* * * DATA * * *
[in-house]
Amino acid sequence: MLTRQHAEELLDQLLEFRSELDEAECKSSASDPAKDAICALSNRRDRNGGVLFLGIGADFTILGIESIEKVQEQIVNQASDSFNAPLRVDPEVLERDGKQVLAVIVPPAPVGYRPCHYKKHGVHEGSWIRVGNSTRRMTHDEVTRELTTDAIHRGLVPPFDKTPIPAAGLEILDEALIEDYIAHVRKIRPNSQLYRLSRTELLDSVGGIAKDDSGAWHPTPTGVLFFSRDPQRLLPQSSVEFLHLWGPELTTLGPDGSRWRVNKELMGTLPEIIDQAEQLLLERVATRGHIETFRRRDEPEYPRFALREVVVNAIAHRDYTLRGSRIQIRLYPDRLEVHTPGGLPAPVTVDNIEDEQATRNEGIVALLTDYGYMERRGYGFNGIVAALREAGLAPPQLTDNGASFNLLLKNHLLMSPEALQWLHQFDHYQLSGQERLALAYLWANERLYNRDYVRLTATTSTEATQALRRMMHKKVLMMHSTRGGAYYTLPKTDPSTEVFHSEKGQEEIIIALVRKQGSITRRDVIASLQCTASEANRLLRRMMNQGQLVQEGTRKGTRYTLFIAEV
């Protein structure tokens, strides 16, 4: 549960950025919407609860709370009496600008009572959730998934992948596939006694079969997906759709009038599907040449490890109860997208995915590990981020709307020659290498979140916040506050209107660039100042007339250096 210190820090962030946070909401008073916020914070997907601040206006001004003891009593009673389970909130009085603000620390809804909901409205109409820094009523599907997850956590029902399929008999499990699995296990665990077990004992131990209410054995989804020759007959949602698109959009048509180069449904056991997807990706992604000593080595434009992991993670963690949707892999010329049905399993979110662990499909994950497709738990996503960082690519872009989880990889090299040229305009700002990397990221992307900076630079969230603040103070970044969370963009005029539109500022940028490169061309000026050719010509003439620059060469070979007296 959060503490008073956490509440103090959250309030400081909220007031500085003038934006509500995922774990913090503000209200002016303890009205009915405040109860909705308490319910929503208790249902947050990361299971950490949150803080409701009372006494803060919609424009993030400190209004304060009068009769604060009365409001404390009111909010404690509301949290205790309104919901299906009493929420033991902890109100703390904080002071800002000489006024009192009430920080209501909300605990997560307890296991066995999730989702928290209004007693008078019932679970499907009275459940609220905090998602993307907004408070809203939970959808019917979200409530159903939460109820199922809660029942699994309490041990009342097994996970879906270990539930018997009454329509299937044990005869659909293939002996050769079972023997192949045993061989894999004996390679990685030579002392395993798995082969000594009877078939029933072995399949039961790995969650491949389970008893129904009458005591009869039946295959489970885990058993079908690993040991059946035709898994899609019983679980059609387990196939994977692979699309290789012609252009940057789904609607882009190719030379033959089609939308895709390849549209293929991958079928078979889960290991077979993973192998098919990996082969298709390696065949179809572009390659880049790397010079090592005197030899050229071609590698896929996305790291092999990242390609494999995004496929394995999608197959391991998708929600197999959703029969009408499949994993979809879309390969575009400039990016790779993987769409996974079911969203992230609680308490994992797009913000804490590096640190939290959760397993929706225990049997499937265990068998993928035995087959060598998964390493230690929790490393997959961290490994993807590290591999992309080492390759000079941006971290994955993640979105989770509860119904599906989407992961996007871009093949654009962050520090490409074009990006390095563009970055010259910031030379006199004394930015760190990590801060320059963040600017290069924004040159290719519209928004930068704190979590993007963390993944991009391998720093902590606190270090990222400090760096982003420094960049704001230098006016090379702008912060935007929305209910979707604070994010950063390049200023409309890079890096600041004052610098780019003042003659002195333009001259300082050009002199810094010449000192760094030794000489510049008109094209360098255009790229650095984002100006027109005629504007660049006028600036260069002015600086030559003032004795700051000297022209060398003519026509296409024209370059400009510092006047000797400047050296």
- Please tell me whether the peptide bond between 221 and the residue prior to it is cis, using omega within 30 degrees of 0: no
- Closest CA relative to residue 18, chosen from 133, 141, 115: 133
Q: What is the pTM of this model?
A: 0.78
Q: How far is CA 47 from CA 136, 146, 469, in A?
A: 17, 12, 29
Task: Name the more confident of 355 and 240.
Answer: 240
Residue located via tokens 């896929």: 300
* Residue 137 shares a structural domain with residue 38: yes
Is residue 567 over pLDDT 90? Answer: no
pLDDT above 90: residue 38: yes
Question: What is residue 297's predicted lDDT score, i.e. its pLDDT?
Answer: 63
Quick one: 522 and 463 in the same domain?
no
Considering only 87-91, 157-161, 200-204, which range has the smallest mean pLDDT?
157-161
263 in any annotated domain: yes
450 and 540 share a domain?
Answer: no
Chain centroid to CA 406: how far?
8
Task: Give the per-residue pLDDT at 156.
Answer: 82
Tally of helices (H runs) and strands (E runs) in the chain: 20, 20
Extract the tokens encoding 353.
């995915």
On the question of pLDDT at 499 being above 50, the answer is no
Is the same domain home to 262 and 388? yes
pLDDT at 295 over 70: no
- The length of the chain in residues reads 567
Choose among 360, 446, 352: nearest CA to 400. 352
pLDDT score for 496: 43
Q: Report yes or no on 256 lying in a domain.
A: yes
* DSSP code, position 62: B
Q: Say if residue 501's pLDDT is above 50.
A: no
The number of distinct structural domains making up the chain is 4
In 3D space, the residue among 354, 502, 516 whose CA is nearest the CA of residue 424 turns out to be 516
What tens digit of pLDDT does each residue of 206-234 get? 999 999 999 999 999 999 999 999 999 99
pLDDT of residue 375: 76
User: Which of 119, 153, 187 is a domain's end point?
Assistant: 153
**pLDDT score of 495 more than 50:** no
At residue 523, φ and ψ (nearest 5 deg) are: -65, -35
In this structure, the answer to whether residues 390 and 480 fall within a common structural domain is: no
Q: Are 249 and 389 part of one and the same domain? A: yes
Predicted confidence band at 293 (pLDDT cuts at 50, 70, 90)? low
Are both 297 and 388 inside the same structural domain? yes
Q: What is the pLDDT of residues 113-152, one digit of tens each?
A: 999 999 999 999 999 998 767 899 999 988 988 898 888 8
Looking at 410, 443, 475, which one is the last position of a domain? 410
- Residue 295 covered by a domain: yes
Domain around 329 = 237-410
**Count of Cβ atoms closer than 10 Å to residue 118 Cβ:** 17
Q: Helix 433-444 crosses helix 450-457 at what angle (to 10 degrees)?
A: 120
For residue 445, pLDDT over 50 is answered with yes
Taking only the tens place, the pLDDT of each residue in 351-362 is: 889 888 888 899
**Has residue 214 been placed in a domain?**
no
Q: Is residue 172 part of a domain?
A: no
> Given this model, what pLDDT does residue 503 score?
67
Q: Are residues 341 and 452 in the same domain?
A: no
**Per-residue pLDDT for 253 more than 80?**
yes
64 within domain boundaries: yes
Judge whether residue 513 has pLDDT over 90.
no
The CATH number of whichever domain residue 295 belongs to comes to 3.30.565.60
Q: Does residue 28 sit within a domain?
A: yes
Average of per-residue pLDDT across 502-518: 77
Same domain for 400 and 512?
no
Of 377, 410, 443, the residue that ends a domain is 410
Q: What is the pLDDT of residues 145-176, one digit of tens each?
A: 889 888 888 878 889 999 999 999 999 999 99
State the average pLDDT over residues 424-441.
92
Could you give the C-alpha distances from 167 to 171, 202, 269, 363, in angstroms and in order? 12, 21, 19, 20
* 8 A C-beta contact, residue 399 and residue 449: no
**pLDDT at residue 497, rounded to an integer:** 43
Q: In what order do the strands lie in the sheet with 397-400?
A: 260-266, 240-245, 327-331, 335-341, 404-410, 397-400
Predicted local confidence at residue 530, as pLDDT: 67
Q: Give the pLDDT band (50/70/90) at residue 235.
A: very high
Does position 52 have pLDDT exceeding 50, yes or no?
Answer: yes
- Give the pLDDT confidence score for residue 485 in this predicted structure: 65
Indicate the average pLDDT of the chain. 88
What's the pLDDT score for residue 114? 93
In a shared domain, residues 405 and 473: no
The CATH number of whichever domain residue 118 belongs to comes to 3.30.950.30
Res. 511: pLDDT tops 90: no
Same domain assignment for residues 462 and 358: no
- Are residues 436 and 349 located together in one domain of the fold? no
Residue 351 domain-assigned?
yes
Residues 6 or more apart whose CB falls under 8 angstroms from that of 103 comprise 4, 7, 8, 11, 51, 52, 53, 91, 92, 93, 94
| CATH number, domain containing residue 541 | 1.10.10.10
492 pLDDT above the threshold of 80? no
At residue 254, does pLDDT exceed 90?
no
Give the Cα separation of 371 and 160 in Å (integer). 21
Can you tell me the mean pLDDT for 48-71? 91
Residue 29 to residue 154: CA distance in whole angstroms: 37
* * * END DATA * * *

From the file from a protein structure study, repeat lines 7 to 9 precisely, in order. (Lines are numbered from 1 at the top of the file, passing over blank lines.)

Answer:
A: 0.78
Q: How far is CA 47 from CA 136, 146, 469, in A?
A: 17, 12, 29